Welcome back to the WRX Property Group! Over the past year or so, we’ve looked at quite a few aspects of what makes life in the Waterloo Region great. From active Neighbourhood and Community Associations, to bustling Downtown (or Uptown) cores, there’s a lot to love here.
Today, we’ll be looking at a group that’s dedicated to keeping the Region beautiful and green, and providing everyone with the rewards (and delights) of gardening: the Waterloo Region Community Garden Network!
Let’s hear it in their words, first: “The Waterloo Region Community Garden Network envisions a strong, supportive infrastructure enabling residents to plant and harvest their own food. Our mission is to promote and sustain community gardens throughout Waterloo Region” (Community-Gardens).
They support, develop, and sustain community gardens throughout the Waterloo Region, for the benefit of everyone.
The Waterloo Region Community Garden Network plays an integral role in ensuring the Region has plenty of community gardens to enjoy.
We’ll link to the Garden Map further down, but as you’ll see, there is an impressive swath of green running through Kitchener-Waterloo, as well as multiple in Cambridge and several spread out the Townships (including four in Elmira alone!).
The fact that there are so many here is thanks, in a large part, to the Waterloo Region Community Garden Network.
For community gardens to flourish in the Waterloo Region, there’s quite a bit that needs to be done. From finding appropriate plots of land and reserving them for this function, to maintaining them, cleaning them, organizing harvests, and preparing them for the winter, there’s much planning involved in community gardens.
Garden coordinators handle the logistical work, while the WRCGN supports coordinators with regard to any issues that arise, specific garden requests, or connecting gardens with appropriate resources.
The Waterloo Region Community Garden Network also handles the promotional aspects of community gardens. This includes raising awareness amongst local residents (a community garden needs a community!) and establishing connections with the wider food community in the area.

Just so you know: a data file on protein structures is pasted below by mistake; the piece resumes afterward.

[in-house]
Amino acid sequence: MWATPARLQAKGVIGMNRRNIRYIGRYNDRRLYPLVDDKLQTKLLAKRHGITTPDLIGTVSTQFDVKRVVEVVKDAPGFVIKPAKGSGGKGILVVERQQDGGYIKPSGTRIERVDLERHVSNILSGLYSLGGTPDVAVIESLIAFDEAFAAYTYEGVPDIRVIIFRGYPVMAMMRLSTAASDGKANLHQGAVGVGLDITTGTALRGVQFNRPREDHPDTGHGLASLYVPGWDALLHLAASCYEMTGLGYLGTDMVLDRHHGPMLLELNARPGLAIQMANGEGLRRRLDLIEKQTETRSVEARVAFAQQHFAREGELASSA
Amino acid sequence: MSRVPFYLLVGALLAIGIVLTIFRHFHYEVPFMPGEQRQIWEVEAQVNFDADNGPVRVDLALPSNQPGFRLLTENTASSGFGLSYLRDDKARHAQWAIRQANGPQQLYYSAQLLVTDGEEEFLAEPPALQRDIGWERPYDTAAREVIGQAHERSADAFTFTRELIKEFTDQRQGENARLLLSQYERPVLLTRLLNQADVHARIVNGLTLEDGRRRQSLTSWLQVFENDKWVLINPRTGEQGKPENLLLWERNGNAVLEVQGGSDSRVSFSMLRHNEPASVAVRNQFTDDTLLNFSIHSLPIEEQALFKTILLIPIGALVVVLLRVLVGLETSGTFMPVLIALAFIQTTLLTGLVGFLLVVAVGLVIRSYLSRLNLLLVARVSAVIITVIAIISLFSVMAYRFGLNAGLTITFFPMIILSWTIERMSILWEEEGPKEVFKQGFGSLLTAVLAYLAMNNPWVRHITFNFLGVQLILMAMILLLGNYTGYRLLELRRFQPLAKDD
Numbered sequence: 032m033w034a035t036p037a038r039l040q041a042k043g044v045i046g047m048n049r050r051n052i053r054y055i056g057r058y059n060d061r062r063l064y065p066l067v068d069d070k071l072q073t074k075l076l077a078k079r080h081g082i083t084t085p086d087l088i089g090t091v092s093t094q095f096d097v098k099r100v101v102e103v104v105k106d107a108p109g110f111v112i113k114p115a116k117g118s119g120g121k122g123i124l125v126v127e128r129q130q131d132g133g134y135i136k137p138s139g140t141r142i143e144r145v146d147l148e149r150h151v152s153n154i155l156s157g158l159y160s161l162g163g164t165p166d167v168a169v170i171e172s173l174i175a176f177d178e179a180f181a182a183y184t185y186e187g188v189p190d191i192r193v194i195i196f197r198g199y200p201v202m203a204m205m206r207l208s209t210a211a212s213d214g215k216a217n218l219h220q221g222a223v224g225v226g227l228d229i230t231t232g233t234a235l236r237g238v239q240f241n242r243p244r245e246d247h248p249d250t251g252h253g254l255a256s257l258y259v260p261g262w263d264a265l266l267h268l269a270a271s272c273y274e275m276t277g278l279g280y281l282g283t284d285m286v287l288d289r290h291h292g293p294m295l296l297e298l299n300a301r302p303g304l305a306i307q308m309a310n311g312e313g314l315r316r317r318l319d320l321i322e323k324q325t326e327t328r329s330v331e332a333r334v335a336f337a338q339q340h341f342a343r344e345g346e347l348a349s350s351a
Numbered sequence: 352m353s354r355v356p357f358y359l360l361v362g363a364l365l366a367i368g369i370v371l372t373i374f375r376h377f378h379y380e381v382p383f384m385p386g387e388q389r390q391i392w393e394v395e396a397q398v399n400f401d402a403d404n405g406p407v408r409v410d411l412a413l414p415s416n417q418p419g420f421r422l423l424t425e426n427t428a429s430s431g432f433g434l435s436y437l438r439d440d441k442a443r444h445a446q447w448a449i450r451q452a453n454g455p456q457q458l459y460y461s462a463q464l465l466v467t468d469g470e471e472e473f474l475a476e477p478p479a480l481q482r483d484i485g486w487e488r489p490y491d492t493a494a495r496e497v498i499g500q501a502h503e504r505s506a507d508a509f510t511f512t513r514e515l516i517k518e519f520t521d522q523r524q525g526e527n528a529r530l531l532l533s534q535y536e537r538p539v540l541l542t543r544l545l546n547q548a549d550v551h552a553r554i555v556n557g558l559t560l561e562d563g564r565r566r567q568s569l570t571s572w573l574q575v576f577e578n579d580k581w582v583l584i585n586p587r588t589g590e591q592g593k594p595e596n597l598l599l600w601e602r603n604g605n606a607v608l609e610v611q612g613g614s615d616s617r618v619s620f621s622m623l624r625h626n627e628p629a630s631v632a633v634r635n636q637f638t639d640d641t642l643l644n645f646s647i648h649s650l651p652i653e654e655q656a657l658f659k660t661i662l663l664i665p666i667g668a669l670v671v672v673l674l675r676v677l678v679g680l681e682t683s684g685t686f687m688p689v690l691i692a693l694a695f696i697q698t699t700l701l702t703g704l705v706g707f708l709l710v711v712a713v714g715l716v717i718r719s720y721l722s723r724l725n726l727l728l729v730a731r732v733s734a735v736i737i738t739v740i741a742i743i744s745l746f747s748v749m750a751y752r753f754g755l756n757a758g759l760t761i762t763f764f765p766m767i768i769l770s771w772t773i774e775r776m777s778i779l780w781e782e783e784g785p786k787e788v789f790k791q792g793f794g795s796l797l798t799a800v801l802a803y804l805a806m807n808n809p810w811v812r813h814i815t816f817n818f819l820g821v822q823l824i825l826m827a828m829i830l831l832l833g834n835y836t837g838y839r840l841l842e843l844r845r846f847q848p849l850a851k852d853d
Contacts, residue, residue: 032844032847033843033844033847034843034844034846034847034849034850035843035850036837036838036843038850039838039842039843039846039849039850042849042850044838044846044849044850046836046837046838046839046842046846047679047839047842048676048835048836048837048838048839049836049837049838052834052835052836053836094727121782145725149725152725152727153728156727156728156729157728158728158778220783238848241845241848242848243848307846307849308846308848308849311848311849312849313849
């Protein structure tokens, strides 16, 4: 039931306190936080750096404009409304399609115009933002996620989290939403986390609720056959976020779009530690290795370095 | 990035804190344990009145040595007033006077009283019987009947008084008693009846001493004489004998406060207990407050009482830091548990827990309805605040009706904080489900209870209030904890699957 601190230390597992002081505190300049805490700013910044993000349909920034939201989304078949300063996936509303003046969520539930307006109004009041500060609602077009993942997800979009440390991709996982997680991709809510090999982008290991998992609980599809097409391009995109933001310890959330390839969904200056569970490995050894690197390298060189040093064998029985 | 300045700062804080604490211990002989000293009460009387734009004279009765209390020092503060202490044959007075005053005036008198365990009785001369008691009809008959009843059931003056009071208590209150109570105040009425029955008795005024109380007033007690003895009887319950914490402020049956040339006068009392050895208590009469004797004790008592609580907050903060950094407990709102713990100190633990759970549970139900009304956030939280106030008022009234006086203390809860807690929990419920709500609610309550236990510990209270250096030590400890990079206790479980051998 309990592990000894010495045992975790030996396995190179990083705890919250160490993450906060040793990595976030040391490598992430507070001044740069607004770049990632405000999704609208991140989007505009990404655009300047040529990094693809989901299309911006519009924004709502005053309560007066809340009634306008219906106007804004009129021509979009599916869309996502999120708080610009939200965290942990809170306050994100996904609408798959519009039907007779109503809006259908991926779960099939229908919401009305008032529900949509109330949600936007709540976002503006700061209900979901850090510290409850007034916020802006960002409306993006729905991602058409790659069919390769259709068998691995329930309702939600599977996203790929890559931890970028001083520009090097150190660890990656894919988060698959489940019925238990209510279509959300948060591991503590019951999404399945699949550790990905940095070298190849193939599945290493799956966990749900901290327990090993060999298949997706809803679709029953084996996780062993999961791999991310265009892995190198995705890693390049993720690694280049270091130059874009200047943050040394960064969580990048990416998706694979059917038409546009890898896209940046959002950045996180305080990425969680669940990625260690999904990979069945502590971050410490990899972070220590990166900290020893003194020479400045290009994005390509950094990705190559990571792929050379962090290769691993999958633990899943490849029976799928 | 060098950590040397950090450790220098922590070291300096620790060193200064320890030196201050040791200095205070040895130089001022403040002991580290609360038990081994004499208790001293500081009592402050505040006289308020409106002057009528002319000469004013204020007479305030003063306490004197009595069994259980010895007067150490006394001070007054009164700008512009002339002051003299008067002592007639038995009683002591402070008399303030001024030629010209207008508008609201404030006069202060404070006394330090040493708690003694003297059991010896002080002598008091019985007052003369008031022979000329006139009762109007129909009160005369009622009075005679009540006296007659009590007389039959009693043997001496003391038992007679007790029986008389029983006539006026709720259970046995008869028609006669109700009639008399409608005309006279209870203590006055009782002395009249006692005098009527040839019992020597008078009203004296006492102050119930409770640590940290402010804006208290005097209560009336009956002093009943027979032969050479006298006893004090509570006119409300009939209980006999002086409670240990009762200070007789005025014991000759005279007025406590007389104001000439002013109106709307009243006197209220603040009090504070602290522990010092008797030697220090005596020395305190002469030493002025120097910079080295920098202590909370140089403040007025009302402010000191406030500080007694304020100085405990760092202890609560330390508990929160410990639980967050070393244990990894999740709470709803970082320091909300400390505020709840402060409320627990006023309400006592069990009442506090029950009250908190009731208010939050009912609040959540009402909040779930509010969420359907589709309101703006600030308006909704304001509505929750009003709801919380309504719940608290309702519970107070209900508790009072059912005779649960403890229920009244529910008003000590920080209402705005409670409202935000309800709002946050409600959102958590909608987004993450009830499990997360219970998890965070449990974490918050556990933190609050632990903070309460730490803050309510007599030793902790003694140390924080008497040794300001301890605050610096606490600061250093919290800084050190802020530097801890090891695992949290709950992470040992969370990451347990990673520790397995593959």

Beyond that, the Community Garden Council of Waterloo is a strong advocate for the project on the level of municipal government, working toward policies that will help community gardens across the Region.
Join in the Fun
If you’re looking to join a community garden, it’s quite simple. Just click here to visit their ‘Join a Garden’ page, which includes everything you’ll need to know. If you’re looking to get even more involved, there are additionally quite a few opportunities to do so.
The Community Garden Council meets the third Tuesday of almost every month (except for July, and sometimes not in August or December). There are multiple positions on the Council itself, so if you’re passionate about the project and/or have a unique skillset, you are welcomed to attend a meeting and get involved!
Check out their volunteer page here to find out more. Furthermore, if you’d like to get a sense of what volunteering for the Council entails, you can check out the Council Minutes from past meetings here, and sign up for their monthly newsletter (and peruse past issues) here.
Finally, if you’ve got a question for the Community Garden Council, you can contact them here.
Gardens, and gardening, have long been incredibly important to humankind. On the more obvious side, they provide the food we need to sustain ourselves. Yet there’s also something rather special about reconvening with nature – about working with our hands.